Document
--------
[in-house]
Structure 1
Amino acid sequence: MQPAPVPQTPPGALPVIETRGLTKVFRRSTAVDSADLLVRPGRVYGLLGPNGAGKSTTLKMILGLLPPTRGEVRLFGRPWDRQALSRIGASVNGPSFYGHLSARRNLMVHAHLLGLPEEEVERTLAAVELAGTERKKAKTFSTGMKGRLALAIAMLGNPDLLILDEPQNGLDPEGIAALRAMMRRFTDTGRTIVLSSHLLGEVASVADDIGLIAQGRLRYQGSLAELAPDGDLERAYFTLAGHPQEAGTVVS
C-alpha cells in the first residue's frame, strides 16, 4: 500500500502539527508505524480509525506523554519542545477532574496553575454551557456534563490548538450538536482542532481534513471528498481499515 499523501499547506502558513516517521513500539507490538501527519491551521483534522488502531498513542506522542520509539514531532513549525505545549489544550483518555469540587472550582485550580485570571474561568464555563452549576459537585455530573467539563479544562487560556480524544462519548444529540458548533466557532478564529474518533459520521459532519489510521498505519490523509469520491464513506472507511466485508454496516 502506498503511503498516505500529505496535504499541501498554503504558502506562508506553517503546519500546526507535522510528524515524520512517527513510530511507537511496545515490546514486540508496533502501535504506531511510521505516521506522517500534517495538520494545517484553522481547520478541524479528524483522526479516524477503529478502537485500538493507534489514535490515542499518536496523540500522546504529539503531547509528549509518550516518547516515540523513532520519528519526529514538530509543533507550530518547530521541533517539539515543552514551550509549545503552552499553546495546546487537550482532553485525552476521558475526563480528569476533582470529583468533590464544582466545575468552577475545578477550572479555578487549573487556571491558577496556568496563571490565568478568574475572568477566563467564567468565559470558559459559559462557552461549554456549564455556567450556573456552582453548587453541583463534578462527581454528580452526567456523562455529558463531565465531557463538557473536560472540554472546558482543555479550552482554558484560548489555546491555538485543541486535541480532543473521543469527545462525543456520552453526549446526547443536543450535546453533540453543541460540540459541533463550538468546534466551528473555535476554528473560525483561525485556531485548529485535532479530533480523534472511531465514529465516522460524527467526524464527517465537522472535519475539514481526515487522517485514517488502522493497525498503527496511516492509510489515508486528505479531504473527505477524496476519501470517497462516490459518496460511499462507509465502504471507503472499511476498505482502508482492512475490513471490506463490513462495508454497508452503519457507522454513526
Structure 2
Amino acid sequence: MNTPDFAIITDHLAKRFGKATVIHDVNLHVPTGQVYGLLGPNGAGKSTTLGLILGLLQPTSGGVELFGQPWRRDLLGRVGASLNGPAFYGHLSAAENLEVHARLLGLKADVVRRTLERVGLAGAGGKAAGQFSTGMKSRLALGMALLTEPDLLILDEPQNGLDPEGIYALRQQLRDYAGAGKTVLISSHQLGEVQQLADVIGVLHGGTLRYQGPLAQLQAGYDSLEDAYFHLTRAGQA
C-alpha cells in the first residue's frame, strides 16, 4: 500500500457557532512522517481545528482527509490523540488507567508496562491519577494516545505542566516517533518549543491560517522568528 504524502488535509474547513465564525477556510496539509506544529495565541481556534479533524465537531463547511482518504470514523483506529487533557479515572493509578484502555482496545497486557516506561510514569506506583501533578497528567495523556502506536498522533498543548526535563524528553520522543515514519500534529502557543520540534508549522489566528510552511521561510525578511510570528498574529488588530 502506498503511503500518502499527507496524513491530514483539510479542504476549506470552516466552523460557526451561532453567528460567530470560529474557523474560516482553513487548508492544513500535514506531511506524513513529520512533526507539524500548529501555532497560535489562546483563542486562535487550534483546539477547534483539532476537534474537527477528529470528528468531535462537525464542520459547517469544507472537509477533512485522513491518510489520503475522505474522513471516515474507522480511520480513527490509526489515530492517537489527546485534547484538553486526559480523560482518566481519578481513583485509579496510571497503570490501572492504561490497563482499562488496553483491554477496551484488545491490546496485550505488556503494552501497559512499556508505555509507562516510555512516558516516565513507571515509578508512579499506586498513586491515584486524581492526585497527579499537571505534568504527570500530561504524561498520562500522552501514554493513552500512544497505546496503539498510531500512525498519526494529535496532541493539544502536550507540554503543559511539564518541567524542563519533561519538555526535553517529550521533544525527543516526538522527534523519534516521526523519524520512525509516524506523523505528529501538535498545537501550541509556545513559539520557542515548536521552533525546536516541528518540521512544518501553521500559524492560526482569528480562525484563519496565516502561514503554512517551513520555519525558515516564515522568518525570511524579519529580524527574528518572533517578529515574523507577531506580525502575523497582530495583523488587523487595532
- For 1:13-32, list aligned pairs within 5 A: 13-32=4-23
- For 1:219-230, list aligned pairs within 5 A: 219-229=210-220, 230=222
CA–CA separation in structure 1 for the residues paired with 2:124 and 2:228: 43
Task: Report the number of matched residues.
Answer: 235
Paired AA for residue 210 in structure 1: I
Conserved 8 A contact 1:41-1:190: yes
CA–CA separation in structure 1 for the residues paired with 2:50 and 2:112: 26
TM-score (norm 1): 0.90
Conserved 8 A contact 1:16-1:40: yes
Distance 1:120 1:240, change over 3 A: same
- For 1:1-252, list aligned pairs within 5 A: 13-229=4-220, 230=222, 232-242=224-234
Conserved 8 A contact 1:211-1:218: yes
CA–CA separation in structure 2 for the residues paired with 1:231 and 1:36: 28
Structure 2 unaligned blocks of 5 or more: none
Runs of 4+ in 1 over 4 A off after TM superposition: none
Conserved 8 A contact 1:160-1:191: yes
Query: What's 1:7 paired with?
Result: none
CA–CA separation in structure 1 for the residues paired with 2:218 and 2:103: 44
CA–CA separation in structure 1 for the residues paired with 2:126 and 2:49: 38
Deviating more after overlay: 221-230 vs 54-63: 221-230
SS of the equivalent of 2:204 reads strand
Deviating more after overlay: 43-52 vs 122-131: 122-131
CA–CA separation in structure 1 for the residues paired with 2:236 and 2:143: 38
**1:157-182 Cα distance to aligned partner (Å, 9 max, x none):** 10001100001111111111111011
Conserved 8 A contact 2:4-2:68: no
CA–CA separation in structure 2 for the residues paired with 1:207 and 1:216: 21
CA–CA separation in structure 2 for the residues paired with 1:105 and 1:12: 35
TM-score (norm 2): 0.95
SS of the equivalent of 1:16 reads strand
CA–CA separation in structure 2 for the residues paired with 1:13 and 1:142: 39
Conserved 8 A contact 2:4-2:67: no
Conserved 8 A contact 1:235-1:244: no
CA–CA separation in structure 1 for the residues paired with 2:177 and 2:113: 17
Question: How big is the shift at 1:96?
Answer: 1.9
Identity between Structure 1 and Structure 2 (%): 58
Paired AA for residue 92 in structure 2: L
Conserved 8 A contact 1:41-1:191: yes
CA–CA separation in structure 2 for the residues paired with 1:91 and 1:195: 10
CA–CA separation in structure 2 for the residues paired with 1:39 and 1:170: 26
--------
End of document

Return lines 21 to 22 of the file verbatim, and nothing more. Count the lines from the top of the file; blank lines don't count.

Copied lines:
CA–CA separation in structure 2 for the residues paired with 1:231 and 1:36: 28
Structure 2 unaligned blocks of 5 or more: none